Michigan, Missouri, Utah voters opt to loosen marijuana laws

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North Dakota's Measure 3, which would have made it legal for anyone over the age of 21 to use the drug, was losing by a margin of 60 percent to 40 percent with 357 out of 424 precincts reporting, according to the secretary of state's website. The latter is the only state that does not authorize marijuana stores.

MI voters legalized recreational marijuana use for residents over the age of 21 with retail sales of the product subject to a 10 percent tax. In Utah, meanwhile, Gov. Gary Herbert said he would ask lawmakers to work on a bill legalizing medical marijuana if voters reject Proposition 2 at the polls Tuesday.

One example of a possible timeline for MI comes from Colorado: Voters approved recreational marijuana in November 2012, but it didn't officially become legal to sell until 2014. Possession of marijuana by minors would be treated the same as possession of alcohol. Any amount greater than 2.5 ounces must be stored under lock and key.

It also changes the current related violations from crimes to civil infractions.

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Municipalities previously had to "opt in" to allow dispensaries but under the Proposal 1, municipalities have to "opt out".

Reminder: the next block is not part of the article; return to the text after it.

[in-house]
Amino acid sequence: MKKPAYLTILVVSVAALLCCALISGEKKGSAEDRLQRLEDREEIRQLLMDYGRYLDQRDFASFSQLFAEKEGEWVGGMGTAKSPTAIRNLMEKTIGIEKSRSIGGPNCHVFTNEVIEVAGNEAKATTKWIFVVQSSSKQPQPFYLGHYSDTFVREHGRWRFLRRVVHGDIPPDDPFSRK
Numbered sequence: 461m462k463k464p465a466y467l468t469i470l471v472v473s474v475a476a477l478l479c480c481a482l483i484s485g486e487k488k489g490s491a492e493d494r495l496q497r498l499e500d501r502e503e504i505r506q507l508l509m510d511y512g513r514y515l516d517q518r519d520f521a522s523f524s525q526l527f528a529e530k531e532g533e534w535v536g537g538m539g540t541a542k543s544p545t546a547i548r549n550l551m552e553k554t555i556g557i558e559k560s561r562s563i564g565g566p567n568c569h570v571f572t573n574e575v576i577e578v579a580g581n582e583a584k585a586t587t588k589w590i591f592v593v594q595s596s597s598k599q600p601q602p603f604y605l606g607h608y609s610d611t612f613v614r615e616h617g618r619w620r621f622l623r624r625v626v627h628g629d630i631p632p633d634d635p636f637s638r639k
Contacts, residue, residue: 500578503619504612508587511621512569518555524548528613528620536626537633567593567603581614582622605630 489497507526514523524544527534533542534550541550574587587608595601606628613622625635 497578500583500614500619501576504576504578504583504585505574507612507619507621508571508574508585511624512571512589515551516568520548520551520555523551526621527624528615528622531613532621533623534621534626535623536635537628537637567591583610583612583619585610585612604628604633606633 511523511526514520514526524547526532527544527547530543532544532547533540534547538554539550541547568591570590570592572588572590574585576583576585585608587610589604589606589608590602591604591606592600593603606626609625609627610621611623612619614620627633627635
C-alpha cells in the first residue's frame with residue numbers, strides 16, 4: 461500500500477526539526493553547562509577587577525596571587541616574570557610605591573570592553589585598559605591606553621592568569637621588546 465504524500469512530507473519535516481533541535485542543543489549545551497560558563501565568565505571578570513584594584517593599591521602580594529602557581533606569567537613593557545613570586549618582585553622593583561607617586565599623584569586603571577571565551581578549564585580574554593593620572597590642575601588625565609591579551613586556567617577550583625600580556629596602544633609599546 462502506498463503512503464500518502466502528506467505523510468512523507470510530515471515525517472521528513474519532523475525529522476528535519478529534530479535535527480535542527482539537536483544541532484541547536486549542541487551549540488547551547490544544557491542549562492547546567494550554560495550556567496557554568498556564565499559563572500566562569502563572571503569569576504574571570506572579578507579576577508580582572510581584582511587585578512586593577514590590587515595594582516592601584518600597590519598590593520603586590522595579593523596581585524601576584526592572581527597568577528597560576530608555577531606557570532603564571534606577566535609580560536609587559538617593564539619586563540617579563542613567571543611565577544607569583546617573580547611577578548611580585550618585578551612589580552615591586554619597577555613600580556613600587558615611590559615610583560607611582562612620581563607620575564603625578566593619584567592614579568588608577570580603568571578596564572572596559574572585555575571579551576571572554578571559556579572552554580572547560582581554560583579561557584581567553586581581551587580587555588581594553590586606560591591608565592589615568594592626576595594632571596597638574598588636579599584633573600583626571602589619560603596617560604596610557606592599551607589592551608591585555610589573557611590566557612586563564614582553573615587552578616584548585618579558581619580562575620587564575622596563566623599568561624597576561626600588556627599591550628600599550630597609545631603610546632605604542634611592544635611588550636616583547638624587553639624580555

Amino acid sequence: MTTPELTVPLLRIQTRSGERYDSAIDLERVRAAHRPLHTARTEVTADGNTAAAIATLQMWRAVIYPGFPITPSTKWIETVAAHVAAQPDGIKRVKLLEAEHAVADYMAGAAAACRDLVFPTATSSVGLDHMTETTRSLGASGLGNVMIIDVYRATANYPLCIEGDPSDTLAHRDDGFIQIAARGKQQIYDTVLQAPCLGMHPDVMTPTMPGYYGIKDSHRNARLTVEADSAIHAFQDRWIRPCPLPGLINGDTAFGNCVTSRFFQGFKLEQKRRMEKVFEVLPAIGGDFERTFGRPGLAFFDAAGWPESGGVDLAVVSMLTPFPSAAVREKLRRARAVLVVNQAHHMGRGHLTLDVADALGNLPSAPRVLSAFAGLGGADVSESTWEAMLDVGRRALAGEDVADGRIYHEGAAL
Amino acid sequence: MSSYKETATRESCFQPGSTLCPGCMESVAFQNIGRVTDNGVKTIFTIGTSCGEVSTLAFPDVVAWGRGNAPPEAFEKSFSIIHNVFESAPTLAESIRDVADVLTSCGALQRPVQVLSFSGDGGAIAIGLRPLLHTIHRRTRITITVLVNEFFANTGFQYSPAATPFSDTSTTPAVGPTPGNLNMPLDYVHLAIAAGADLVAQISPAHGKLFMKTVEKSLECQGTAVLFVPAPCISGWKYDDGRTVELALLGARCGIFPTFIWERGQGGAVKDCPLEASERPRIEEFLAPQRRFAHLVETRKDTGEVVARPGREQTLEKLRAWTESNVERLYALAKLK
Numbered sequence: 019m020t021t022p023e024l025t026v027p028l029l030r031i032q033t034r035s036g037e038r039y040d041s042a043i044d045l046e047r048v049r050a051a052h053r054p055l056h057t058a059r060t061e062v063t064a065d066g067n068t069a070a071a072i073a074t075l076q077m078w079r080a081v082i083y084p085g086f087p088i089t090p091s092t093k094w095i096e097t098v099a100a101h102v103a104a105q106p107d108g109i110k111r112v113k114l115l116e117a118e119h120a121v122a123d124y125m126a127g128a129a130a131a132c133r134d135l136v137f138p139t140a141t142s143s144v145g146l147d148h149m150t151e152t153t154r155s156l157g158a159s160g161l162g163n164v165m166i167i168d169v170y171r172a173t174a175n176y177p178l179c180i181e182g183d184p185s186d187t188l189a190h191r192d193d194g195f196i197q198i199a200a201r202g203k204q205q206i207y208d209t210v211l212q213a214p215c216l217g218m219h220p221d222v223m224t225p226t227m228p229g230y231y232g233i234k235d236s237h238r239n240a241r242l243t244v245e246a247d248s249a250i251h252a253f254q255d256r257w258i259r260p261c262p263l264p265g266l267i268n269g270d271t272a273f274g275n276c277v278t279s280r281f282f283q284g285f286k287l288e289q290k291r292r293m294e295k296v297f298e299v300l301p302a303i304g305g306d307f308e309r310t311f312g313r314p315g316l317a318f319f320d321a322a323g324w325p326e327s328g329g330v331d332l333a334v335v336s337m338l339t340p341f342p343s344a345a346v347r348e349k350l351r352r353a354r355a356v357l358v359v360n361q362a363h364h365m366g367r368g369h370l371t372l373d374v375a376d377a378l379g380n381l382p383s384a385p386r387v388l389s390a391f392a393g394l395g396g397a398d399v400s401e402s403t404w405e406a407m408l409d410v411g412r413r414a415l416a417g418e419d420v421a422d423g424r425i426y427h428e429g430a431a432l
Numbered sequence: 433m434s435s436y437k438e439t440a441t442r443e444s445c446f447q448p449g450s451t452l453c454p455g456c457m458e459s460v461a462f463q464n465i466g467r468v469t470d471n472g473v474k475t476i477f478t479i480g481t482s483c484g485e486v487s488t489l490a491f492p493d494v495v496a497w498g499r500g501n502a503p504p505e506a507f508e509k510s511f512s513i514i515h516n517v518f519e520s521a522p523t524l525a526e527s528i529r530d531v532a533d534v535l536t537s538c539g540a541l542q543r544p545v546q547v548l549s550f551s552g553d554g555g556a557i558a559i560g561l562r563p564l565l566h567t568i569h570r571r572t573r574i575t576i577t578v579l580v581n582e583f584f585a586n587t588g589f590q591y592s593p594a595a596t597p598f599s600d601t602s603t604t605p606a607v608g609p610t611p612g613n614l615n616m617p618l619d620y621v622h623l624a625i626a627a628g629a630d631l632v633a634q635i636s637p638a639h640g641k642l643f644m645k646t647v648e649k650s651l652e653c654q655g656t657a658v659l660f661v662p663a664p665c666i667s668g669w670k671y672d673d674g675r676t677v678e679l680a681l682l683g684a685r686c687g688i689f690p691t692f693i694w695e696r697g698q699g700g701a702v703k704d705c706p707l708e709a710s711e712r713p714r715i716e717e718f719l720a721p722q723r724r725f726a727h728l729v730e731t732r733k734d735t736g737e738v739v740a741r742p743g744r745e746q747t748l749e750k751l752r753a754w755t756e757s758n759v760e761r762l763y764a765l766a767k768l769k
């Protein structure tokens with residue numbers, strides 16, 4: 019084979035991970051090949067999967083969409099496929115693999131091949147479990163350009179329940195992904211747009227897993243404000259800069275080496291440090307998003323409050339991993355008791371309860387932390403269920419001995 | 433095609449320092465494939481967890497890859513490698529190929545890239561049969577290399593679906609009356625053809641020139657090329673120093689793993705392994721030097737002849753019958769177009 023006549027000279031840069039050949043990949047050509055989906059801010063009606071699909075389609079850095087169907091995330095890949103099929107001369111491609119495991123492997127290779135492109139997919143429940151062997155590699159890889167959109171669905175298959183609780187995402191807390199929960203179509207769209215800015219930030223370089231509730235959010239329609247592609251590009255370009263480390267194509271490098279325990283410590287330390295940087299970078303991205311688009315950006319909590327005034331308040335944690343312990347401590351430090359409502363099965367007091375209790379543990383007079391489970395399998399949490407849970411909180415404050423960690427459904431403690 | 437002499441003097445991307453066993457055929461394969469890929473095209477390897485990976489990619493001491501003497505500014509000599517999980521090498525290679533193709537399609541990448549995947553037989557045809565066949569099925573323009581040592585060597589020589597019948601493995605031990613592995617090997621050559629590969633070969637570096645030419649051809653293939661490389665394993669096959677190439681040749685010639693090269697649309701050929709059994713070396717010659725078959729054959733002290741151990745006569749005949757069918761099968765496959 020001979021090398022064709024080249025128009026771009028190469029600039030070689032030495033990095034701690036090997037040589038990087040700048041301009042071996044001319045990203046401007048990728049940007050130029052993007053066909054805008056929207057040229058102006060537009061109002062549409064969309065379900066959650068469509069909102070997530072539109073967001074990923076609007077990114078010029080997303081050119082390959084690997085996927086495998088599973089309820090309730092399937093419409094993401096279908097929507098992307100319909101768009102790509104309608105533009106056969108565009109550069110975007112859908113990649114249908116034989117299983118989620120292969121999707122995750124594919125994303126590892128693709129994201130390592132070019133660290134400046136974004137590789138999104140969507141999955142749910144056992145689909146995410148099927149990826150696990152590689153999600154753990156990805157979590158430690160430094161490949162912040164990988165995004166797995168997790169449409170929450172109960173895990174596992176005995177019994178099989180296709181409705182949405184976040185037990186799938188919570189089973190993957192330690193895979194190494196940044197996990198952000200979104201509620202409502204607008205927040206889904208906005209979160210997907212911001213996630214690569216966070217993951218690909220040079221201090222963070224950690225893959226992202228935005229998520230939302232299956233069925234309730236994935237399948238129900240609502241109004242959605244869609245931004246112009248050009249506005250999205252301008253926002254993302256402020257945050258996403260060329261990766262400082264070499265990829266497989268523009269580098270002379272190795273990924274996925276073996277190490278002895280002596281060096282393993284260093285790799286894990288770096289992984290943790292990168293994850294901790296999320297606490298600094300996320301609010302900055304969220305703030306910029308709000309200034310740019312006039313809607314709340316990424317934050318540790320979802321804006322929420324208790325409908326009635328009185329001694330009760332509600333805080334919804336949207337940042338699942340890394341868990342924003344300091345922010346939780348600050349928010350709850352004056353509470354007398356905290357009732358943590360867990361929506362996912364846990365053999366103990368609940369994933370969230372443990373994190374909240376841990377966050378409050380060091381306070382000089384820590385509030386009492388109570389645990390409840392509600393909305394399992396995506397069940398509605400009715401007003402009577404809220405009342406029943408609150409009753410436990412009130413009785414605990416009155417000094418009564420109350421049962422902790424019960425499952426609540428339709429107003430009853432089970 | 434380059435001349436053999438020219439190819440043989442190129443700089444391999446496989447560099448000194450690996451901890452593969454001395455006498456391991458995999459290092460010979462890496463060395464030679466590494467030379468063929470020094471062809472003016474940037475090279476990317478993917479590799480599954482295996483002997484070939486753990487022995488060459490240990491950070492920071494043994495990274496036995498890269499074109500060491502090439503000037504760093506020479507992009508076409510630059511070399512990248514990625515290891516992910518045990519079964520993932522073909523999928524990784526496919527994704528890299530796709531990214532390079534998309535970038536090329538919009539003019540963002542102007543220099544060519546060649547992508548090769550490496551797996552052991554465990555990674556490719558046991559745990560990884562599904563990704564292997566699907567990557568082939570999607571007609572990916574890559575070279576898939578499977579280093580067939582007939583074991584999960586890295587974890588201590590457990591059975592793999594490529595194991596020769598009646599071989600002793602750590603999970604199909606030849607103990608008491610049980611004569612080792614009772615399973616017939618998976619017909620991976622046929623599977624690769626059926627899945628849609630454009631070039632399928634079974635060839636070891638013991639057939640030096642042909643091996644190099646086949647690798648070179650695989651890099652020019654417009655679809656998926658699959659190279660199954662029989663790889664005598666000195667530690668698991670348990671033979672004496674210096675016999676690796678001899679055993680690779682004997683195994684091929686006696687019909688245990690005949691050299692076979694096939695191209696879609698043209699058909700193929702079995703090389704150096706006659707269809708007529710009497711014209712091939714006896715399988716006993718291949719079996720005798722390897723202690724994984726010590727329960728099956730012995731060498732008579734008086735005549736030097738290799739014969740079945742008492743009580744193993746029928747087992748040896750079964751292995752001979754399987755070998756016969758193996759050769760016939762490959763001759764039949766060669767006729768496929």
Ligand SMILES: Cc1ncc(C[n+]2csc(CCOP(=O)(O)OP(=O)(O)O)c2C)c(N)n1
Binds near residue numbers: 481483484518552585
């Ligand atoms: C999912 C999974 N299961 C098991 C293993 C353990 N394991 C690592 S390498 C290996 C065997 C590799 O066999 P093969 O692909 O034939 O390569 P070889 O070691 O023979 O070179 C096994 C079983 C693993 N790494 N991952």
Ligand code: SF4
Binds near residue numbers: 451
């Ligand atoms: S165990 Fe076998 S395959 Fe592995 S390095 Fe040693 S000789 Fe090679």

Proposal 1 allows cities and towns to regulate, ban, or limit the number of marijuana businesses in the community. Following in Colorado's footsteps, the proposal will allow adults 21 and over to purchase and possess weed, and will tax cannabis products.

Selling marijuana without a license, or selling marijuana to a minor, would still be criminal and would hold the same harsh penalties as today. Supporters say it will raise roughly $130 million in additional tax revenue each year that will go toward road repairs, schools and local governments.

Voters in MI voted for Proposal 1, which legalizes recreational marijuana and regulates it like alcohol.

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